Many people will say that smartphones have actually improved our society. These people are not wrong, but they are not completely right either. In some ways, it has improved the quality of life for many people. Being able to find the time of a local movie through the touch of a button, or ordering a pizza through an app, no matter what it is, technology in many cases has made so many things so much easier and so much more convenient. Now, smart phones also make it a lot easier to get in touch with friends and family that you don’t see as often. It’s as simple as shooting a quick text or direct message through social media which helps to keep you connected with those you don’t see, while still managing your busy lifestyle. “This is the first time in the entire history of humanity that we’ve connected in this way,” Amber Case, an anthropologist, stated in a 2010 lecture at TEDWomen. (Sutter, How Smartphones Make Us Superhuman) People are so dependent on their cellphones, mostly because it keeps us connected and in touch with anything and everything that we may need in our daily lives. As well as communicating, smartphones help to expose us on a global scale. We constantly pick up new ideas and revelations shared by people around the world. Smartphones keep us so connected with the rest of the world, and the events going on, in ways that newspapers never could. Among the capabilities of smartphones are GPS applications, which provide users with turn-by-turn directions to anywhere from nearly any location. Banking applications allow users to check their account balances and perform transfers, pay bills and, in some cases, deposit checks. Social networking, email and instant-messaging applications allow users to keep in close contact with friends, family and colleagues. Checking the weather, the latest news headlines, movie showtimes, stock standings and even the business hours at a store or restaurant make smartphones ideal for someone who wants those conveniences. (Tea, Advantages & Disadvantages of Smartphones) But, as convenient and helpful as smartphones may be, they’ve caused such a large dependency in our society that has turned into a dangerous addiction for many people, one that is almost impossible to break. Although smartphones have in many ways improved our nation, it has also continued to corrupt and hurt our nation.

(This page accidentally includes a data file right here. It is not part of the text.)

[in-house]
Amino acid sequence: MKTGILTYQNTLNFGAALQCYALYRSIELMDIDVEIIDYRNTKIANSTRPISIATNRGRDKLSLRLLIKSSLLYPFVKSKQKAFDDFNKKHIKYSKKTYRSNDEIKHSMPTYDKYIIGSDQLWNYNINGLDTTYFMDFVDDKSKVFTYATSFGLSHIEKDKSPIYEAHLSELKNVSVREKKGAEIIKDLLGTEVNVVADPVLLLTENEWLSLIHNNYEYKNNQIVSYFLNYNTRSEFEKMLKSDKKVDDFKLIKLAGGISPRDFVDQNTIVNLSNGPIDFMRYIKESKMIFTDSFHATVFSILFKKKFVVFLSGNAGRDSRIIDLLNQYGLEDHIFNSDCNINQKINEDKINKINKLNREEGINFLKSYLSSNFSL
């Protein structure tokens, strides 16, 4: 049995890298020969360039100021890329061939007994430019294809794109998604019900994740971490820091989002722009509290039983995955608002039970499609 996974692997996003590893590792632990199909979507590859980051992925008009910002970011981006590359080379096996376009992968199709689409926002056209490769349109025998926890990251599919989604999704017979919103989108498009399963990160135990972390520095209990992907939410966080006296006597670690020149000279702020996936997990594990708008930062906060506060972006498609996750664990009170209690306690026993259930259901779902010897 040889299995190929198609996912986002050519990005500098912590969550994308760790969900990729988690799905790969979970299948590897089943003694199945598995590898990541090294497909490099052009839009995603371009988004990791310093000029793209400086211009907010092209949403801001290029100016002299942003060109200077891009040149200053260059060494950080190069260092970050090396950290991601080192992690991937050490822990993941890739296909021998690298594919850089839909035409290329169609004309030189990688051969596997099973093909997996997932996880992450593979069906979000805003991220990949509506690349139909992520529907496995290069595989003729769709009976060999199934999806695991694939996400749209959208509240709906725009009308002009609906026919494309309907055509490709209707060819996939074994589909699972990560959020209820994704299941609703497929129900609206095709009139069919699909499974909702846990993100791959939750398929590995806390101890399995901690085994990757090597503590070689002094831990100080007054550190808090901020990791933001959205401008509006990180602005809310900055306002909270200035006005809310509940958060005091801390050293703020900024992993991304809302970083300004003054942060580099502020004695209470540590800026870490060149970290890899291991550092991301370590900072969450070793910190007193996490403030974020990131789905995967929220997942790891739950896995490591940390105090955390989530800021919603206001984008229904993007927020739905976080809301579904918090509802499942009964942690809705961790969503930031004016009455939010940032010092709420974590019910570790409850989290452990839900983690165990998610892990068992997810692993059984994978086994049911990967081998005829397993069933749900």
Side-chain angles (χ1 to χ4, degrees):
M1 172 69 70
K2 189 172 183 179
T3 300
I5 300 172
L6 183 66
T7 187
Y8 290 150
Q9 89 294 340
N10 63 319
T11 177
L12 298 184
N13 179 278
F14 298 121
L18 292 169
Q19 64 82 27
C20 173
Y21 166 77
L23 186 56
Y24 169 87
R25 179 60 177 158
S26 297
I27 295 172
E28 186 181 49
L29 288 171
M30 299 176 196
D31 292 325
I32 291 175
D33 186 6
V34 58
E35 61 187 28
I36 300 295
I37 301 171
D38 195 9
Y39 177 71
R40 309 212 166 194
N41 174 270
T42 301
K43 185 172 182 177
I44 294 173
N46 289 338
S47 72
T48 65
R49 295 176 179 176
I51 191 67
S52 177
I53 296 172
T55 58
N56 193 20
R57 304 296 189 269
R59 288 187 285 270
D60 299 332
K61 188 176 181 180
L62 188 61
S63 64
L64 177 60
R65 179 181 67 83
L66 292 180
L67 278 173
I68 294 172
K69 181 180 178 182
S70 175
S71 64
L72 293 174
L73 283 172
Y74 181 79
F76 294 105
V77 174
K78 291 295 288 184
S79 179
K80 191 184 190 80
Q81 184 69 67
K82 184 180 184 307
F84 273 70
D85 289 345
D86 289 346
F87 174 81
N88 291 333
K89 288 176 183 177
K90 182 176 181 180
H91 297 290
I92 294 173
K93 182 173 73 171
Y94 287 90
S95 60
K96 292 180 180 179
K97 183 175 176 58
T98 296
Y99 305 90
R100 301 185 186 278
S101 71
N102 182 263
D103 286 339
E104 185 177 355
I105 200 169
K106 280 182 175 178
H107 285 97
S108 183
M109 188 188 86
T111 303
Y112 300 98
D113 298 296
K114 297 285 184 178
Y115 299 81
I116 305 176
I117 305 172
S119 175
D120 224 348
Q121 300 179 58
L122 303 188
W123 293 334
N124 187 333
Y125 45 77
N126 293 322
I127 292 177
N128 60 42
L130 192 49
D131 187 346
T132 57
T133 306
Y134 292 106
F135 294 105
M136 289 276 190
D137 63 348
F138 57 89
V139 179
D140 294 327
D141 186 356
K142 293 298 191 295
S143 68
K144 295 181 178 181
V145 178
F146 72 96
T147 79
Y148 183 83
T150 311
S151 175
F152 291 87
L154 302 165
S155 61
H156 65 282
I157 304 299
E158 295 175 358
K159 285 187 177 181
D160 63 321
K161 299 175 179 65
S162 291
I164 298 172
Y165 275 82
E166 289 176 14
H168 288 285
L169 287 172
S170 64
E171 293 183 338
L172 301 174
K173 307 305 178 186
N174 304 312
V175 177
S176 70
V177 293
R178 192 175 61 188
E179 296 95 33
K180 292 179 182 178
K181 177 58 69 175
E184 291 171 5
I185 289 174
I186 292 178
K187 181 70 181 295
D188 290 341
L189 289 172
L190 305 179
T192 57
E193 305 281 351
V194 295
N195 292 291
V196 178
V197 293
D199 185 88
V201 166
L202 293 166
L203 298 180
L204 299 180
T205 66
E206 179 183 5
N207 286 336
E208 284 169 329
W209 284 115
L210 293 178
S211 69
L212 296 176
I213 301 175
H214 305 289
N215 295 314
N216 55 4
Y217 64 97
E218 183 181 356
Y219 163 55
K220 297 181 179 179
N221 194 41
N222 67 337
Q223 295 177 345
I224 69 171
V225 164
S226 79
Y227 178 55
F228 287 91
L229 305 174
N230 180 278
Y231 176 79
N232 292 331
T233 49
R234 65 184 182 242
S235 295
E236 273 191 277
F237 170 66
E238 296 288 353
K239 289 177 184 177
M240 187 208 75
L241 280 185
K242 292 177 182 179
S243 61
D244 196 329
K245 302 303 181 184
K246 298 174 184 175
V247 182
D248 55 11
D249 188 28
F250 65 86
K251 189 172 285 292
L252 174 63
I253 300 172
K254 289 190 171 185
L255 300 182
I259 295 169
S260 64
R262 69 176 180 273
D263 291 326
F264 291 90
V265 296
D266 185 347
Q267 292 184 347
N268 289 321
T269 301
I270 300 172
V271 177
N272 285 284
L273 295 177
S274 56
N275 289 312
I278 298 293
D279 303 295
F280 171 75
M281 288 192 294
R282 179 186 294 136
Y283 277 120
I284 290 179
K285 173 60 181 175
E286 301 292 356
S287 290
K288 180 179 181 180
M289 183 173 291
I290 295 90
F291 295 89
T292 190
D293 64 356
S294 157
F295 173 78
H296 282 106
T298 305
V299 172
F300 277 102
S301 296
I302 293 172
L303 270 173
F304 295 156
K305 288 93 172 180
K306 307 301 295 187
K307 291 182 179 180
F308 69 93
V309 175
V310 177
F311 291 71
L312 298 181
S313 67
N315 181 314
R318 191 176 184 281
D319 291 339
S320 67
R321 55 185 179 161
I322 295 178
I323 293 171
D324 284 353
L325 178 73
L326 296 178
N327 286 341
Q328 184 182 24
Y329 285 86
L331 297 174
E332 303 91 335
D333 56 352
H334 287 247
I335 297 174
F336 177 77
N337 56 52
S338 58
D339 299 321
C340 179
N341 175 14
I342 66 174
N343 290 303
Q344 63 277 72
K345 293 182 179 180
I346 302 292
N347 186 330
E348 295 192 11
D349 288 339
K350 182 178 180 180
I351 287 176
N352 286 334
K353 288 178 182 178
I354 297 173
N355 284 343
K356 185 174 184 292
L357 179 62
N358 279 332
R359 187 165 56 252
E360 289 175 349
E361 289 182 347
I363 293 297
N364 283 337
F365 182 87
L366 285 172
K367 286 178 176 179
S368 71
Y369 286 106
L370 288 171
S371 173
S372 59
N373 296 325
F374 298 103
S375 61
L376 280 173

The constant use of technology in our lives may be convenient but it is also harmful to both us and the people around us. The constant attachment to smartphones continues to feed into the addiction that many americans suffer from, and it also takes us away from spending time with people that are important to us, as well as taking away from our undivided attention when out to lunch, or even walking around the mall. We can’t just enjoy a moment anymore without feeling the uncontrolled urge to be on our mobile devices. Electronics are controlling the way that we think and act, causing a disconnection between us and the world around us. We need to learn how to put down our phones and just go out and enjoy our lives, without needing the constant distraction of a smartphone taking our attention away from the things that are important.